What literary/rhetorical devices can be found in some of the chapters of Rachel Carson's book Silent Spring, such as in the chapter titled "The Obligation to Endure" and "The Other Road"?

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Tamara K. H. | Middle School Teacher | (Level 3) Educator Emeritus

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Rhetorical devices refer to a means in which an author uses language to better convey meaning and persuade the reader to favor the author's opinion. Many different rhetorical devices exist, including aphorism, allusion, contradiction, syllogism, and many others (University of Kentucky, Glossary of Rhetorical Terms).

Parallelism is also a common rhetorical device. Parallelism is constructed when a writer creates patterns in wording, grammar, and sentence structure in order to create clarity and emphasis. There are many different types of parallelism, and all throughout the book Silent Spring, author Rachel Carson uses a great deal of subtle parallelism to persuasively argue her points.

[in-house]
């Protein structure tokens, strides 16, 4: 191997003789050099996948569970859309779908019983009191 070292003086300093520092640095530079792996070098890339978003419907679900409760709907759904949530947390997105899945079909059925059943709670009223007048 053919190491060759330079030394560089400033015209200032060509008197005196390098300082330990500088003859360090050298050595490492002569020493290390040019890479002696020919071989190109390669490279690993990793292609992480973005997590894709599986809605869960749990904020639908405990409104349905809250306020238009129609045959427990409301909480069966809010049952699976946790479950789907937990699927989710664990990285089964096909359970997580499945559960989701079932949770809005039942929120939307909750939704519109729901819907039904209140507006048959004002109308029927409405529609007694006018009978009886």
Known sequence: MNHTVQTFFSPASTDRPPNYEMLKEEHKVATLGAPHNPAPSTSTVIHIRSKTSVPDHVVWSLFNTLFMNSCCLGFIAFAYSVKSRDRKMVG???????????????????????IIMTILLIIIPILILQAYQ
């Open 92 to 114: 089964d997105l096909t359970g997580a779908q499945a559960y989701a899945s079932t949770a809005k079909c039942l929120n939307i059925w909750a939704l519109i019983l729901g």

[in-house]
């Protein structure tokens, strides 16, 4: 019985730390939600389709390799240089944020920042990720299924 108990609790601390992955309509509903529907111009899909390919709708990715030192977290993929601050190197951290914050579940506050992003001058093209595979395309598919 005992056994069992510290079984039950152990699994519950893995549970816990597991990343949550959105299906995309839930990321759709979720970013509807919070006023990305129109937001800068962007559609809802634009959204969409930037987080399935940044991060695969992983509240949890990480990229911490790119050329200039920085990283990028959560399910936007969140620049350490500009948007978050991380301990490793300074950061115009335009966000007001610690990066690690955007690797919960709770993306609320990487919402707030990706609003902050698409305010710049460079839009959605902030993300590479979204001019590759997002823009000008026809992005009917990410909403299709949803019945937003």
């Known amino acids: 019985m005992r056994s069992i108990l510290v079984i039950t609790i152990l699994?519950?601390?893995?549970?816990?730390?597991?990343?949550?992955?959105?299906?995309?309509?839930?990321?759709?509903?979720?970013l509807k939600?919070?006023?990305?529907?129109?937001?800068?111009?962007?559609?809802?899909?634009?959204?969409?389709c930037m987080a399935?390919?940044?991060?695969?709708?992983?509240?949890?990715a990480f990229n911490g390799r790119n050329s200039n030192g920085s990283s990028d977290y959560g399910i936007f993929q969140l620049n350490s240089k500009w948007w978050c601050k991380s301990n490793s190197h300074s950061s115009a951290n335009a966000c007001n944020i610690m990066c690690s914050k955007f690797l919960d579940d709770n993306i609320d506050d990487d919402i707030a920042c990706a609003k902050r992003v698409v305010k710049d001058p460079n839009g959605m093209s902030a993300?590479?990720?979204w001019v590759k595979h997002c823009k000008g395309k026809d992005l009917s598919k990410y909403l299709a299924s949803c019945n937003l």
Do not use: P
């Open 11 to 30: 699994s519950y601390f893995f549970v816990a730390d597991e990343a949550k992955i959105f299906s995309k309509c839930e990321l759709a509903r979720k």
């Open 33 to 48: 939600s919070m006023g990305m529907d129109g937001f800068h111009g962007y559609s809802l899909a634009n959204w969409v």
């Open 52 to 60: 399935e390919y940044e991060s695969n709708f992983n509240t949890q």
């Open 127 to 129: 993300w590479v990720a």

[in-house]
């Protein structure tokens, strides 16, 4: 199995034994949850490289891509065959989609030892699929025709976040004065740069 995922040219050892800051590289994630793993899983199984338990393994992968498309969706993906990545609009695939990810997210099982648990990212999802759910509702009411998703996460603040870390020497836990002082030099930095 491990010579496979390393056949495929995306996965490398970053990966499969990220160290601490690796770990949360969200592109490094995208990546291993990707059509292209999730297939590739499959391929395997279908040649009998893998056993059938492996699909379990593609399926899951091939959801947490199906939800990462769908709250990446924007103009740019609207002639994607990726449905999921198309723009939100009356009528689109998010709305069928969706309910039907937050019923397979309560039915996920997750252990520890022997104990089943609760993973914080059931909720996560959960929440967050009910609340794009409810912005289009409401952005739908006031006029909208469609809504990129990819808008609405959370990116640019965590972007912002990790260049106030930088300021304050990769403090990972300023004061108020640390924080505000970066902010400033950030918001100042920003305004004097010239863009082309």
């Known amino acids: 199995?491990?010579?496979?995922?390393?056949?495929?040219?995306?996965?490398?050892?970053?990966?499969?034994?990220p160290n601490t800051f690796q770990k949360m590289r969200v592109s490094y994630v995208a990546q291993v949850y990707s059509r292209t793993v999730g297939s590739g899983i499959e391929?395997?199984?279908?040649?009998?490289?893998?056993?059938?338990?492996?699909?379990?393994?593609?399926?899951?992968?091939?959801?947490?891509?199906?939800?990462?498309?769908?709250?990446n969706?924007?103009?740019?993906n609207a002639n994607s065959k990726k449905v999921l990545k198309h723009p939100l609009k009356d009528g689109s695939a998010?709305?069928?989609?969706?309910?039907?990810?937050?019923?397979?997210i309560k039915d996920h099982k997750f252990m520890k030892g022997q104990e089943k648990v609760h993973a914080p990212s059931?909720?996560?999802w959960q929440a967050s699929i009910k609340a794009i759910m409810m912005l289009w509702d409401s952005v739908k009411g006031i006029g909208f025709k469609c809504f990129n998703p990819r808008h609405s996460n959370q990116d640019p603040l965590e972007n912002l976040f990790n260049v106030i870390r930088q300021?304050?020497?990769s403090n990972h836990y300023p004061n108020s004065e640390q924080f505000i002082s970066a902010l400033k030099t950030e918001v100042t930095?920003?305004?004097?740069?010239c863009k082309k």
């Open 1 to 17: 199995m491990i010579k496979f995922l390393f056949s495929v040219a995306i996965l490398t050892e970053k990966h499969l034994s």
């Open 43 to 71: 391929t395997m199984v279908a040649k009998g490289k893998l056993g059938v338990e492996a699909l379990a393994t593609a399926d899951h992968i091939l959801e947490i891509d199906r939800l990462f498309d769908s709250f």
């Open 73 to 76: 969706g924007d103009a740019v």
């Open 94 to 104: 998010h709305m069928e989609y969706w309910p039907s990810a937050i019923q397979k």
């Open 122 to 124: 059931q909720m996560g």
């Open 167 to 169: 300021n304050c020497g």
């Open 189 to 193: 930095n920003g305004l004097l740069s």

One example of parallelism found in the chapter titled "The Obligation" can be referred to as anaphora. Anaphora is created when an author repeats words in the beginning of clauses. Dr. Wheeler provides us with the famous example spoken by Churchill: "We shall not flag or fail. We shall go on to the end." (Carson-Newman University, "Schemes")

In Carson's second chapter, we can see an example of anaphora in the following sentence concerning radiation:

Radiation is no longer merely the background radiation of rocks, the bombardment of cosmic rays, the ultraviolet of the sun that have existed before there was any life on earth; radiation is now the unnatural creation of man's tampering with the atom. (p. 7)

Since Carson deliberately starts both her first and second independent clauses with the words "radiation is," we can see how the repetition in this sentence creates a perfect, though subtle, example of anaphora. Moreover, Carson uses no conjunctions, not even a final conjunction, in her list pertaining to radiation, which is also a perfect example of a parallelistic structure, or rhetorical device, called asyndeton.

In addition, throughout her work, Carson craftily makes use of the rhetorical appeals logos, ethos, and pathos, and one can also find examples of literary devices like figurative language, especially personification (Durham Technical Community College, "A General Summary of Aristotle's Appeals"; Dr. Wheeler, "Tropes").


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